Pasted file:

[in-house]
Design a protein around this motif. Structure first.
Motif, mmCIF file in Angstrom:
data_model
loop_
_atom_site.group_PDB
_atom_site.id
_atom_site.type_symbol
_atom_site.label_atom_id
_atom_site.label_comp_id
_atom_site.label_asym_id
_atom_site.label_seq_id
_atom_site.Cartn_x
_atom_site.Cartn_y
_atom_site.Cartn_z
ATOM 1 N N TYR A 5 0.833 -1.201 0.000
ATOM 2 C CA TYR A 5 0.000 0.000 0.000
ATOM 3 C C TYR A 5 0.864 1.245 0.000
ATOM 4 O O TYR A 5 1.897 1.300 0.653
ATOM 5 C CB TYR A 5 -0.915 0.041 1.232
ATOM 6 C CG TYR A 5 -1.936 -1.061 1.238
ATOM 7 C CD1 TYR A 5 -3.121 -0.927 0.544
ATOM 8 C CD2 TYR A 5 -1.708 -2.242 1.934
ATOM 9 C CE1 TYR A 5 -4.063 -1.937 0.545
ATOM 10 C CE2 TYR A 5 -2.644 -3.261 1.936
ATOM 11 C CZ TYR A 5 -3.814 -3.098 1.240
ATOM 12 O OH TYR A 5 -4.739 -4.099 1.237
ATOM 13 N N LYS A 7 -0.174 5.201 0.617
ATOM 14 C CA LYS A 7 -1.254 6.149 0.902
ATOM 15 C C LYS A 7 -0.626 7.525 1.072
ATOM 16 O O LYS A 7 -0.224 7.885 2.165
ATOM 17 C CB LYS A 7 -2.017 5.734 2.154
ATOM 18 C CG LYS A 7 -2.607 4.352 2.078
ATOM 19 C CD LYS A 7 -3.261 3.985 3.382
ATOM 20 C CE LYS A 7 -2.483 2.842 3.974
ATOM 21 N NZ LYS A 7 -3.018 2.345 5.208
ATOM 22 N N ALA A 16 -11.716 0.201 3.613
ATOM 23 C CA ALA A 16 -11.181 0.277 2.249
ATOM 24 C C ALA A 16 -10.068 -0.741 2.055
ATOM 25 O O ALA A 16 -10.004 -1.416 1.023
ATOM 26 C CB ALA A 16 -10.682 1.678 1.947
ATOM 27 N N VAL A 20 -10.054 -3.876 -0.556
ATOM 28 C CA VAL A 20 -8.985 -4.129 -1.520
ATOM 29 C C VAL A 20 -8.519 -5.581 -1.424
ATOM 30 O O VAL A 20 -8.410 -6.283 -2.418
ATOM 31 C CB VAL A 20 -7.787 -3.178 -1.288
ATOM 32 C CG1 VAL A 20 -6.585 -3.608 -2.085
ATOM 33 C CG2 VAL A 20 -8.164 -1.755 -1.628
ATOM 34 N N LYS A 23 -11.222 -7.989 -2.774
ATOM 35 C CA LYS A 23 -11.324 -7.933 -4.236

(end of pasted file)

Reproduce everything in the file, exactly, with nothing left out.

[in-house]
Design a protein around this motif. Structure first.
Motif, mmCIF file in Angstrom:
data_model
loop_
_atom_site.group_PDB
_atom_site.id
_atom_site.type_symbol
_atom_site.label_atom_id
_atom_site.label_comp_id
_atom_site.label_asym_id
_atom_site.label_seq_id
_atom_site.Cartn_x
_atom_site.Cartn_y
_atom_site.Cartn_z
ATOM 1 N N TYR A 5 0.833 -1.201 0.000
ATOM 2 C CA TYR A 5 0.000 0.000 0.000
ATOM 3 C C TYR A 5 0.864 1.245 0.000
ATOM 4 O O TYR A 5 1.897 1.300 0.653
ATOM 5 C CB TYR A 5 -0.915 0.041 1.232
ATOM 6 C CG TYR A 5 -1.936 -1.061 1.238
ATOM 7 C CD1 TYR A 5 -3.121 -0.927 0.544
ATOM 8 C CD2 TYR A 5 -1.708 -2.242 1.934
ATOM 9 C CE1 TYR A 5 -4.063 -1.937 0.545
ATOM 10 C CE2 TYR A 5 -2.644 -3.261 1.936
ATOM 11 C CZ TYR A 5 -3.814 -3.098 1.240
ATOM 12 O OH TYR A 5 -4.739 -4.099 1.237
ATOM 13 N N LYS A 7 -0.174 5.201 0.617
ATOM 14 C CA LYS A 7 -1.254 6.149 0.902
ATOM 15 C C LYS A 7 -0.626 7.525 1.072
ATOM 16 O O LYS A 7 -0.224 7.885 2.165
ATOM 17 C CB LYS A 7 -2.017 5.734 2.154
ATOM 18 C CG LYS A 7 -2.607 4.352 2.078
ATOM 19 C CD LYS A 7 -3.261 3.985 3.382
ATOM 20 C CE LYS A 7 -2.483 2.842 3.974
ATOM 21 N NZ LYS A 7 -3.018 2.345 5.208
ATOM 22 N N ALA A 16 -11.716 0.201 3.613
ATOM 23 C CA ALA A 16 -11.181 0.277 2.249
ATOM 24 C C ALA A 16 -10.068 -0.741 2.055
ATOM 25 O O ALA A 16 -10.004 -1.416 1.023
ATOM 26 C CB ALA A 16 -10.682 1.678 1.947
ATOM 27 N N VAL A 20 -10.054 -3.876 -0.556
ATOM 28 C CA VAL A 20 -8.985 -4.129 -1.520
ATOM 29 C C VAL A 20 -8.519 -5.581 -1.424
ATOM 30 O O VAL A 20 -8.410 -6.283 -2.418
ATOM 31 C CB VAL A 20 -7.787 -3.178 -1.288
ATOM 32 C CG1 VAL A 20 -6.585 -3.608 -2.085
ATOM 33 C CG2 VAL A 20 -8.164 -1.755 -1.628
ATOM 34 N N LYS A 23 -11.222 -7.989 -2.774
ATOM 35 C CA LYS A 23 -11.324 -7.933 -4.236